Liked by 3 people

    1. Yum. As soon as I get to a real computer, I’m ordering. I’m with you on nodding off at 7. 45-60 minutes of writing time is heavenly when it comes without interruptions! That’s my rationale for the early mornings.

      Liked by 1 person

  5. Oh, isn’t it the truth. “Life doesn’t like plans.” I’m pretty good about protecting my lunch hour writing time. I am getting better about afternoons and weekends.

    Which is good because there is no way on God’s green earth I could get up at 2:45 in the morning!

    Liked by 2 people

  6. I am so impressed by the dedication shown here! I am sadly without a day job at the moment and you’d think that would free up hours to write. Sometimes it does, sometimes it doesn’t. Considering I wrote my last two books while I had a day job, structure seems to help me. But I do the “at least fifteen minutes a day” rule. It sounds small, but it works on those days when life seems to get in the way. I can always find fifteen minutes. And those fifteen usually morph into time I didn’t even know I had. The other days, I plow away and try not to track hours – just progress.

    Liked by 2 people

    1. Tracking progress not hours. That sounds like a fabulous formula! As for the day job providing structure. That’s probably more true than we realize. After all, it’s the irritant that creates the pearl in the oyster.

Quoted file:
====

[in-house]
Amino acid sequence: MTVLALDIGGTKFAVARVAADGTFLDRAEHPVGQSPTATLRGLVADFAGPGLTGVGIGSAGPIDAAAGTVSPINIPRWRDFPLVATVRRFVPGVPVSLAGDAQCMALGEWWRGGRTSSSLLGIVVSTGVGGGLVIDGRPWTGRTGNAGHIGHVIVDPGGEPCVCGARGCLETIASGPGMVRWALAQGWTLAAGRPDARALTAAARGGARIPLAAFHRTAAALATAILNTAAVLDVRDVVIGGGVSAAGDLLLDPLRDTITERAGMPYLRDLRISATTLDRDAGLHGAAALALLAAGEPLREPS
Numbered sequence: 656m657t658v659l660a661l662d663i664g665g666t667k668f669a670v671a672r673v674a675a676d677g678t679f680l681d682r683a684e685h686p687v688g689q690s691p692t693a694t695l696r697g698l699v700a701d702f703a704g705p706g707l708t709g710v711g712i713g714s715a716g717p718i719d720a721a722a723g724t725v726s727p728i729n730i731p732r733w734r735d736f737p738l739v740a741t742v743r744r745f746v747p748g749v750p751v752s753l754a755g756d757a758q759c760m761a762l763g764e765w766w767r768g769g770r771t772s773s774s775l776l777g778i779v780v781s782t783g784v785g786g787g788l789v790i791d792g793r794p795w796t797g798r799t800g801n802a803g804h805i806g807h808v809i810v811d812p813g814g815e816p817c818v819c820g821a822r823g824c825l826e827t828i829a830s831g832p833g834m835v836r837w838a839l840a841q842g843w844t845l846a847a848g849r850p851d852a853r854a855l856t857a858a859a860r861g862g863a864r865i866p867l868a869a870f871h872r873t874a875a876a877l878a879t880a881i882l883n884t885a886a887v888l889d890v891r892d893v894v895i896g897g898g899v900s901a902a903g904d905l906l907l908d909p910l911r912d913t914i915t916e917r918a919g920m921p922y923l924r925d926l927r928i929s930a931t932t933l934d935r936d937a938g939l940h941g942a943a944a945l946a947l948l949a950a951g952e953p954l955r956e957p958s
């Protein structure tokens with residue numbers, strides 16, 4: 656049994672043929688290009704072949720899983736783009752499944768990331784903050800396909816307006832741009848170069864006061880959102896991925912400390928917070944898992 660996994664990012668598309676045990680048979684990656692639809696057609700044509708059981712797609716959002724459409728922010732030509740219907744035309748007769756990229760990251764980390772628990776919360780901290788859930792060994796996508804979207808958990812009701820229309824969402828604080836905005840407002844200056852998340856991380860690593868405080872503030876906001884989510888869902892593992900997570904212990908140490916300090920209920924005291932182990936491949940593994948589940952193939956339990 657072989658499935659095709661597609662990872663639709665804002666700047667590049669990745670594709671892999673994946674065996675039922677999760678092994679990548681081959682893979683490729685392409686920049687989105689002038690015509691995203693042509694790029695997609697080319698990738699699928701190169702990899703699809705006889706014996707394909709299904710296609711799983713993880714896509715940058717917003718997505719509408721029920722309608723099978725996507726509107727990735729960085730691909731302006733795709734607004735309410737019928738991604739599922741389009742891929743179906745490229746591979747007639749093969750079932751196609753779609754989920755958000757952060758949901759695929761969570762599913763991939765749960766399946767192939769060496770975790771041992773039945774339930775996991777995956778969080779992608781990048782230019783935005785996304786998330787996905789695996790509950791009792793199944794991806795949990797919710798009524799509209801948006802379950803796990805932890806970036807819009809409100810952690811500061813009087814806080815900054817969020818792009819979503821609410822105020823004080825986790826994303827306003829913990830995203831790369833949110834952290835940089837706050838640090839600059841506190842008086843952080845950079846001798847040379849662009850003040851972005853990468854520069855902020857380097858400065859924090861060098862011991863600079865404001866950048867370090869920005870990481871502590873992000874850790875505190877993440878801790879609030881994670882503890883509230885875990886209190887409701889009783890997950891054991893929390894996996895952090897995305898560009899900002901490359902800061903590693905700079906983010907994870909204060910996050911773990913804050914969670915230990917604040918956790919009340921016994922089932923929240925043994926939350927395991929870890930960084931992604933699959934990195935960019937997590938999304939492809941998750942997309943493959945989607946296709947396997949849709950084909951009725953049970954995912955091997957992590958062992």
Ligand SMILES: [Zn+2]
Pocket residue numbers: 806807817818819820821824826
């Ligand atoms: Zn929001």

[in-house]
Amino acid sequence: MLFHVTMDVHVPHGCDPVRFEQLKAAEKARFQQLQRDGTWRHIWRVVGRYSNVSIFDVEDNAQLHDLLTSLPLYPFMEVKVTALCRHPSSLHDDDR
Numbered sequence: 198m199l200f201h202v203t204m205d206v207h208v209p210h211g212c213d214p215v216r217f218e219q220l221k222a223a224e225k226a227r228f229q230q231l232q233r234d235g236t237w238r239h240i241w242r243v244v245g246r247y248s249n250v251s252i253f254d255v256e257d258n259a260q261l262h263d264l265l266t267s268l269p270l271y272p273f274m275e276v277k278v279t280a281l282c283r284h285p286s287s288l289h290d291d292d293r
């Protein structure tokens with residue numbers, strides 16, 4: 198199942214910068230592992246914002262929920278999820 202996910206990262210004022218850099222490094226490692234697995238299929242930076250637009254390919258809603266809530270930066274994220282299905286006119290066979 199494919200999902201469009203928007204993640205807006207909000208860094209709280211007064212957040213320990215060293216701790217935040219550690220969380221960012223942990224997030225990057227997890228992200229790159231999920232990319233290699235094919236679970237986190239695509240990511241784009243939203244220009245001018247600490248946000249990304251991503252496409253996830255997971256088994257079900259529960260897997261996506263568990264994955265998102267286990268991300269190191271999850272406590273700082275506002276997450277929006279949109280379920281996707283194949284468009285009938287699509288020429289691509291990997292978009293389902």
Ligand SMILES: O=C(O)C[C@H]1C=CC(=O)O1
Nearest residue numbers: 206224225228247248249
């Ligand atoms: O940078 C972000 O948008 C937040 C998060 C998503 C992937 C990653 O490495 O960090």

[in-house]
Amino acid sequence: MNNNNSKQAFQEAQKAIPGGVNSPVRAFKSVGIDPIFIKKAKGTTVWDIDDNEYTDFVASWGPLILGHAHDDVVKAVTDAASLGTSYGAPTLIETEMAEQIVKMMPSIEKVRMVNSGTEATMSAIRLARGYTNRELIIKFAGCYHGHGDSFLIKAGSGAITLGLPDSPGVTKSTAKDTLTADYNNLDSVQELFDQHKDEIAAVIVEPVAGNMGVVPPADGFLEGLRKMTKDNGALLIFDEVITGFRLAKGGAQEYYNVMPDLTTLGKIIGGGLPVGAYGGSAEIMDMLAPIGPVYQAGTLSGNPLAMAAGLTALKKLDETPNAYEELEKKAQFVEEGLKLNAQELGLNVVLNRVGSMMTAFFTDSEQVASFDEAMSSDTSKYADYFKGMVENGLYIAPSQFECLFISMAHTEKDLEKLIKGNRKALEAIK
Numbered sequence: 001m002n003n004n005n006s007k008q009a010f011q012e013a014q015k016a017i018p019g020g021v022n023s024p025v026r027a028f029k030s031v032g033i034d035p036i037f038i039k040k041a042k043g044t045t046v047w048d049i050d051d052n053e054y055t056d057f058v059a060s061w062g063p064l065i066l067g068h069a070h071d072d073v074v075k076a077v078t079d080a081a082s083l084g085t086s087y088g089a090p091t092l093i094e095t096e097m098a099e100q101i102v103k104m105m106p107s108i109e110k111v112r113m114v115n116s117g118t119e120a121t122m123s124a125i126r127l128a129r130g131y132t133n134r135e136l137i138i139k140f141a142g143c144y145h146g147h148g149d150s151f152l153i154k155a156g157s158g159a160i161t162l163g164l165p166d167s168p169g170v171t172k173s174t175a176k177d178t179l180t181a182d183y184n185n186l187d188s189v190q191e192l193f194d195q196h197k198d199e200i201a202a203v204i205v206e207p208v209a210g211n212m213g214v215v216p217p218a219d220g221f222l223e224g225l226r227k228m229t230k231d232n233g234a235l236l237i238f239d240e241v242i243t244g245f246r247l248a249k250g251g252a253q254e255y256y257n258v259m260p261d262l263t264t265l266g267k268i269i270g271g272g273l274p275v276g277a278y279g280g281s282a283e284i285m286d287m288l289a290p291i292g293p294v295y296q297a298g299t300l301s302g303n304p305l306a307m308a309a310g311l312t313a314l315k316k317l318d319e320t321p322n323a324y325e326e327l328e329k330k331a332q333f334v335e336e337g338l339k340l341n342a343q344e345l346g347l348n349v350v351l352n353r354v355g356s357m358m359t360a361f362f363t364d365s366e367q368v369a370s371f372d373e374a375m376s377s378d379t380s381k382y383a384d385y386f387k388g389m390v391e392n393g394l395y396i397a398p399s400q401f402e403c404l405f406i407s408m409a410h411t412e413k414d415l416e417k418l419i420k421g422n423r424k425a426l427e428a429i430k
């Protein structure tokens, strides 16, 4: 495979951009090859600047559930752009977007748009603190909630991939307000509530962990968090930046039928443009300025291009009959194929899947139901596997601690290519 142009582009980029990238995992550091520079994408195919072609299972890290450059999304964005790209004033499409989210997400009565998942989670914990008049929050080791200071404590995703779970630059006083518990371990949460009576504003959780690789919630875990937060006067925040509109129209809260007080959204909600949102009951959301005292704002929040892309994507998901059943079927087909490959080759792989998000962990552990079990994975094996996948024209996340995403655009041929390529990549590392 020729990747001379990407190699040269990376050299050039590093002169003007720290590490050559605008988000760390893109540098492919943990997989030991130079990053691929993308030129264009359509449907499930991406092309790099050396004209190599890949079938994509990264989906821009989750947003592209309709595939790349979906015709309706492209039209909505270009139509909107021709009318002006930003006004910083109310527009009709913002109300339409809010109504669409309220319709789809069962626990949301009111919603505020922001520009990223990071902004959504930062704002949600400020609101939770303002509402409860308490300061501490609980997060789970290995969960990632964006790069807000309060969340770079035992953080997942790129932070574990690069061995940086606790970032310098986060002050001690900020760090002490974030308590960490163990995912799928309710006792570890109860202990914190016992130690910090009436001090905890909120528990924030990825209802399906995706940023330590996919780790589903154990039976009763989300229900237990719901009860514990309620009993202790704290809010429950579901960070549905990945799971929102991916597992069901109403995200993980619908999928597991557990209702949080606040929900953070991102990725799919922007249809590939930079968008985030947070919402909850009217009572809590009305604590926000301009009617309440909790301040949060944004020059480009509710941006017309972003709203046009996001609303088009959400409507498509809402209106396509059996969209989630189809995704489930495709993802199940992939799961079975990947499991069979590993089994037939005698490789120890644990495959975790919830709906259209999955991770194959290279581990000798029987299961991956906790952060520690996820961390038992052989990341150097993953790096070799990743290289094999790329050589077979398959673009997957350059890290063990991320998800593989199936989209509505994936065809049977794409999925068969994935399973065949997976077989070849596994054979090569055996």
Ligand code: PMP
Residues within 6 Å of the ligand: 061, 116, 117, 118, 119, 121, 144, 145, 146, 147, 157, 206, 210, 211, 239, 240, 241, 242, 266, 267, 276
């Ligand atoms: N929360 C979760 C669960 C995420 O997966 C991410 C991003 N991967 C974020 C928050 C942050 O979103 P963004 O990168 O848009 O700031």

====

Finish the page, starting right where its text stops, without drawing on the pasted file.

Like

  7. Wow, Kait. I’m so jealous of those people who can do the 15-minute bursts or write when they travel. I need my computer, my desk, and quiet to write. I’m lucky enough to be a “full-time writer,” whatever that means. Yes, it frees up some time, but I still only write four days a week for about 3 or 4 hours each. My website blog posts are the first to get jettisoned when I run out of time.

    I’m glad your bird is ok!

    Liked by 2 people

  8. 2:45 a.m.! No wonder you’re comatose by 7 p.m.!

    There’s an emotional element to writing/not writing as well. When my routine is derailed and my family is stressed, writing is difficult and stilted. My attention is elsewhere. And then, when I want to get back to my story, Anxiety crawls into my head and tells me I can’t write anymore so why bother. Even *knowing* what’s going on doesn’t always help.

    Liked by 2 people

  9. That is dedication Kait … mostly my blog is about walking, and I work from home, but have somewhat structured hours. During the workweek, I come home from an interesting walk, a blog post bubbling around in my head, trying valiantly to remember everything until I can at least get home to write a few things down as it will be hours before I get back to write the post. I don’t write a post every day and I have a Word document on my computer with bits and pieces of interesting stories to revisit – probably when I am retired!